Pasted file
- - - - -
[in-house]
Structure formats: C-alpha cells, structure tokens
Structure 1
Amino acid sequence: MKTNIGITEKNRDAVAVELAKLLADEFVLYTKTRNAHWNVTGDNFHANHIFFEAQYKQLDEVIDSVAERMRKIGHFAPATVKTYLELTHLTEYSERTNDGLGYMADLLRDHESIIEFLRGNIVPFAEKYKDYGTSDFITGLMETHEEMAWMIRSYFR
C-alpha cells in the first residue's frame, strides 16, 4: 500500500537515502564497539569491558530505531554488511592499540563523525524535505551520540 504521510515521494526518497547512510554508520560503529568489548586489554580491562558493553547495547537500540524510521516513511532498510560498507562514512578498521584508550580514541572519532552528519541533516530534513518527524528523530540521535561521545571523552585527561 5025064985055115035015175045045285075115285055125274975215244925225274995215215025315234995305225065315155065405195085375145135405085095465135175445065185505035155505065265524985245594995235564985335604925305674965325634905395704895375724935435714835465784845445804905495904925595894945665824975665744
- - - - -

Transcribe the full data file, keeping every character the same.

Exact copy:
[in-house]
Structure formats: C-alpha cells, structure tokens
Structure 1
Amino acid sequence: MKTNIGITEKNRDAVAVELAKLLADEFVLYTKTRNAHWNVTGDNFHANHIFFEAQYKQLDEVIDSVAERMRKIGHFAPATVKTYLELTHLTEYSERTNDGLGYMADLLRDHESIIEFLRGNIVPFAEKYKDYGTSDFITGLMETHEEMAWMIRSYFR
C-alpha cells in the first residue's frame, strides 16, 4: 500500500537515502564497539569491558530505531554488511592499540563523525524535505551520540 504521510515521494526518497547512510554508520560503529568489548586489554580491562558493553547495547537500540524510521516513511532498510560498507562514512578498521584508550580514541572519532552528519541533516530534513518527524528523530540521535561521545571523552585527561 5025064985055115035015175045045285075115285055125274975215244925225274995215215025315234995305225065315155065405195085375145135405085095465135175445065185505035155505065265524985245594995235564985335604925305674965325634905395704895375724935435714835465784845445804905495904925595894945665824975665744